Uniform Civil Code: The Much Debated Legislation
India as a country distinguishes itself from other countries owing to the
myriad of religions that co-exist in it. India's multi-religious nature stems
from its history, which has seen rulers of various religions and domains come to
rule the country, from the Mughals to the British.
Multiple laws have been developed throughout the years to manage the personal
affairs of individuals of various religions, and they have served their purpose,
but with the passage of time, the necessity for a Uniform Civil Code ("UCC") has
This piece aims to look at the background of the concept of a UCC and the
various instances in the present times where the need for a UCC has been felt.
The piece also aims to highlight some of the hurdles which are present in the
way of imposition of a UCC in India.
The framers of the Constitution envisioned a consistent set of family
regulations that would apply to all citizens. However, the notion was shelved,
and it was left to future generations to explore and enact concrete legislation.
Thus, India still runs on the idea of legal pluralism which grants all religions
the equal right to be governed by their own personal laws, some of them being
codified like the Hindu personal laws and some not like the Muslim laws, as
discussed in subsequent paragraphs, in matters relating to marriage and divorce
to name a few.
A UCC refers to a single legislation which would govern all personal matters
such as divorce, marriage, adoption, inheritance and custody of all individuals
irrespective of their religion and are. It aims to eradicate the fragmented laws
which currently govern interpersonal relationships.
The idea of UCC has been derived from Article 44 of the Constitution, which
forms a directive principle of state policy according to which:
The State shall endeavour to secure for all citizens a Uniform Civil Code
throughout the territory of India.
This means that while the concept of a UCC has been enshrined in the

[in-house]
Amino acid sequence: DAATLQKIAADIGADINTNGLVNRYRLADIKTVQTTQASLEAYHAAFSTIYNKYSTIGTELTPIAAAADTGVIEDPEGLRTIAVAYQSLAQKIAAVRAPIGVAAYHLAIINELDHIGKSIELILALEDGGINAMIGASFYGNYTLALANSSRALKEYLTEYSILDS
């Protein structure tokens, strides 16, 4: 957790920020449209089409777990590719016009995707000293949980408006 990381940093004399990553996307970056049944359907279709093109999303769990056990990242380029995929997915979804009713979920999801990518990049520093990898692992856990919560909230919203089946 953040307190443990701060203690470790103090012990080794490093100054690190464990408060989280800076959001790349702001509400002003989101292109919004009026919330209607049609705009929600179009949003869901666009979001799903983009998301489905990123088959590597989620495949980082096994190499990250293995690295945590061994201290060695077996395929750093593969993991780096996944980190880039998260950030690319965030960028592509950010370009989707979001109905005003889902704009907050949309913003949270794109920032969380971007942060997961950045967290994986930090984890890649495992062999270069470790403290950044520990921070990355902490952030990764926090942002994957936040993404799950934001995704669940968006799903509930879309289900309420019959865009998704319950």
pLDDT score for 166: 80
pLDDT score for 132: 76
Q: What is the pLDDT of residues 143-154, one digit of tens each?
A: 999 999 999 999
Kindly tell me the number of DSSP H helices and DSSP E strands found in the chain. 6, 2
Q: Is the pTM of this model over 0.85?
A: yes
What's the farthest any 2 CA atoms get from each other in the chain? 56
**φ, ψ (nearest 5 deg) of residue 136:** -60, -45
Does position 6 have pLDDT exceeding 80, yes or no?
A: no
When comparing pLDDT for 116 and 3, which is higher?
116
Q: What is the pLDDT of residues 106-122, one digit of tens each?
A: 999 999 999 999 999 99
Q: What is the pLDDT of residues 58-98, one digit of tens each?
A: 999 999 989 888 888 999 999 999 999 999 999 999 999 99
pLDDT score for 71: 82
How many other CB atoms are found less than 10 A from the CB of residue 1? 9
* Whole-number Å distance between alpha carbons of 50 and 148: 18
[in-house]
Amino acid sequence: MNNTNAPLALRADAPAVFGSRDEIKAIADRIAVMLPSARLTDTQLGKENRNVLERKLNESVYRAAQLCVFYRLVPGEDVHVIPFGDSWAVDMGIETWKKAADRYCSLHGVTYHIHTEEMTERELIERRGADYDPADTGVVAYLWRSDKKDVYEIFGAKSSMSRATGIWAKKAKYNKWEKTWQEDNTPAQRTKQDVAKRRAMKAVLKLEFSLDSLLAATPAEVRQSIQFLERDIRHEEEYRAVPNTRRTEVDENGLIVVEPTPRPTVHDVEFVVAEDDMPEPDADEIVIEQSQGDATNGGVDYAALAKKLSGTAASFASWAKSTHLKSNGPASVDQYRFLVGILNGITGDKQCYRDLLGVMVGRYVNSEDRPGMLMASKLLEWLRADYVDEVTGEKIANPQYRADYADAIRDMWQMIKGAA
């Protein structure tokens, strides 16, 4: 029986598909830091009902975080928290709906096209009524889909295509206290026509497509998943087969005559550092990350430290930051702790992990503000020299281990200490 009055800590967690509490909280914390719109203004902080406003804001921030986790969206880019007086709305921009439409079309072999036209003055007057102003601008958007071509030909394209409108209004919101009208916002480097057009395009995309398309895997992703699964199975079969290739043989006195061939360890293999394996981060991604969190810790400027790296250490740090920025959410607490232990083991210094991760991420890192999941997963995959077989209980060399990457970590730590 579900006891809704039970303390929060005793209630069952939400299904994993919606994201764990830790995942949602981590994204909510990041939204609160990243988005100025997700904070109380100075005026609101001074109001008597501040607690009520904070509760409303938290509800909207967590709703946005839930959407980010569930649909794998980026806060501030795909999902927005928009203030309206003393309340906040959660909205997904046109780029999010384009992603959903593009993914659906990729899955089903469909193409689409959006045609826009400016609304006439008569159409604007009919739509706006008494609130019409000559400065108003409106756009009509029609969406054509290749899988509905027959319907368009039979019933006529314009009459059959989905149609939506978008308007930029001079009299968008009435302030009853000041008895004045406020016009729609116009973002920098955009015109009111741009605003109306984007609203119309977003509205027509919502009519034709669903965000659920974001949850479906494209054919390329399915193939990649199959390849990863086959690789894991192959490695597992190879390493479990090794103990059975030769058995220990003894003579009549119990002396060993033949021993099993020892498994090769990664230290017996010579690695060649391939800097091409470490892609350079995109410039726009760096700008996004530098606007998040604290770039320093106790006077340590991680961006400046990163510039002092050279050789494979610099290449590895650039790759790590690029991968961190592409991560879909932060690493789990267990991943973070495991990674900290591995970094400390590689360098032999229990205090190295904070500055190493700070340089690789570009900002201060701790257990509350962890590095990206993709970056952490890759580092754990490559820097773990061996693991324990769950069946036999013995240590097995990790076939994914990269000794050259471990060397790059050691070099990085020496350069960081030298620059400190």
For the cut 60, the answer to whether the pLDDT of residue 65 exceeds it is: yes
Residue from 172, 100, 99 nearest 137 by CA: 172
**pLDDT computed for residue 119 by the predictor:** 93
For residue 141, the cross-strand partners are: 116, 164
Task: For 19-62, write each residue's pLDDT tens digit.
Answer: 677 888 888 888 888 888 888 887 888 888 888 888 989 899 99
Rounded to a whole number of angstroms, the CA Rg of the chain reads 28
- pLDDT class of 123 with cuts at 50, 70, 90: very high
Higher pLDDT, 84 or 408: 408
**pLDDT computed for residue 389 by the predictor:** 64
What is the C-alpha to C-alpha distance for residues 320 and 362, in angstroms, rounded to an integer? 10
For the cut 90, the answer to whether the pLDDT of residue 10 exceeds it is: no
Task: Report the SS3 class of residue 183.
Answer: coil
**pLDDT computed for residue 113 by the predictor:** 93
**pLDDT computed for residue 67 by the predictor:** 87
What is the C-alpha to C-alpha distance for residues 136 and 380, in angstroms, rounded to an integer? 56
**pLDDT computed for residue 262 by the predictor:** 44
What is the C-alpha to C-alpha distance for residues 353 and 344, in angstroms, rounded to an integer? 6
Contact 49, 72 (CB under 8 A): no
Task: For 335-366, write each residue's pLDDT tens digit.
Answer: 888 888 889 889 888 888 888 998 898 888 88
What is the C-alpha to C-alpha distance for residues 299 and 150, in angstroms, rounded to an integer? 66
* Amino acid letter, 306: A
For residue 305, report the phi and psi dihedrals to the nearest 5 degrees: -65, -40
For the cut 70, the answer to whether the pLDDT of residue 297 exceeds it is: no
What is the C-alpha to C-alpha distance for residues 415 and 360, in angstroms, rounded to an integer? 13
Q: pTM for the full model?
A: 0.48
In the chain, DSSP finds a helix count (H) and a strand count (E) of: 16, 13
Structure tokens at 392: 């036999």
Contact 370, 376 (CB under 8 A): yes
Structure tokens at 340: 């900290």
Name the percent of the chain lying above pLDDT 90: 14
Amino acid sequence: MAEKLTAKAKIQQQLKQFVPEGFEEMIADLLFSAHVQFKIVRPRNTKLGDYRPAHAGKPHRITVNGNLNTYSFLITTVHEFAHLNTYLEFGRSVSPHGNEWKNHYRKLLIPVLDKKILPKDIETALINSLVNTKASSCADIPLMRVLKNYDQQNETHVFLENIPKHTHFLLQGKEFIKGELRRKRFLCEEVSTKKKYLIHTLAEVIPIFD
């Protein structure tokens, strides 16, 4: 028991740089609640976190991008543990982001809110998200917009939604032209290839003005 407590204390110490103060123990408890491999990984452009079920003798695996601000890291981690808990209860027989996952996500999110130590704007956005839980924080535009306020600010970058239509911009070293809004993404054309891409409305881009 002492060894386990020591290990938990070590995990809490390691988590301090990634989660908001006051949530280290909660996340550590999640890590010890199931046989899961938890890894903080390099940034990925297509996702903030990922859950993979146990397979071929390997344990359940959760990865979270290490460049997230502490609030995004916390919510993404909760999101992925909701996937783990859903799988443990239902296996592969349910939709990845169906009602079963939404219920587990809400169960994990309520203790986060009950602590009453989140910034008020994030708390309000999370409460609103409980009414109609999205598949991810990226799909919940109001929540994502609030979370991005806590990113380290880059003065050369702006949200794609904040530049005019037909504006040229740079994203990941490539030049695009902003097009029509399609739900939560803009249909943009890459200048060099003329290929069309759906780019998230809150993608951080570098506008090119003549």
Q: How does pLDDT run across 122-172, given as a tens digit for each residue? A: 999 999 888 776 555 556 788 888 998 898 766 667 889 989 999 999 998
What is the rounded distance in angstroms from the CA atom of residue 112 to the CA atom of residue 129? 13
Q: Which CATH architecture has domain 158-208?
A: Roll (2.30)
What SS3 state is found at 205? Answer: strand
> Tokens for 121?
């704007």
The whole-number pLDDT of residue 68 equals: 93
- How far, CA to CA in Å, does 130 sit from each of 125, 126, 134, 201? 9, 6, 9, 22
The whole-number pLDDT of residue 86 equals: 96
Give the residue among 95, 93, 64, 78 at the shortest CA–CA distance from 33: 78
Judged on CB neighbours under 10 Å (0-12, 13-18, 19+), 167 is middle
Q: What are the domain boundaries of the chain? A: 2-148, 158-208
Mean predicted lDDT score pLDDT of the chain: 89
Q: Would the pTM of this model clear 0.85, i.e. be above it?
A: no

Constitution as a goal toward which tangible steps should be undertaken, it is
neither a fundamental right nor a provision that the Constitution guarantees.
The various laws that are present, dealing with personal matters largely focus
on marriage, divorce, custody, guardianship, etc and are different from public
laws. The most prominent example of such laws is the Hindu personal law which is
codified in four bills. They are the Hindu Marriage Act, Hindu Succession Act,
Hindu Minority and Guardianship Act, and Hindu Adoptions and Maintenance Act.
The term 'Hindu' also includes Sikhs, Jains and Buddhists for the purpose of
"...The reference Hindus shall be construed as including a reference to persons
professing Sikh, Jain or Buddhist religion and the reference to Hindu religious
institutions shall be construed accordingly."
Muslim personal law is not codified per se, and is based on muslim religious
texts, however certain aspects of the texts are recognised in India expressly
under certain specialised legislations like the Shariat Application Act and
Dissolution of Muslim Marriages Act.The Indian Christian Marriages Act and the
Indian Divorce Act administer Christian marriages and divorces, whereas the
Parsi Marriage and Divorce Act governs Zoroastrians.
At the same time, there are laws that are more "secular" in nature, ignoring
religion entirely, such as the Special Marriage Act, which permits interfaith
marriages, and the Guardians and Wards Act, which specifies the rights and
responsibilities of guardians. Furthermore, to protect distinct regional
identities, the Constitution makes certain exceptions for the states of Assam,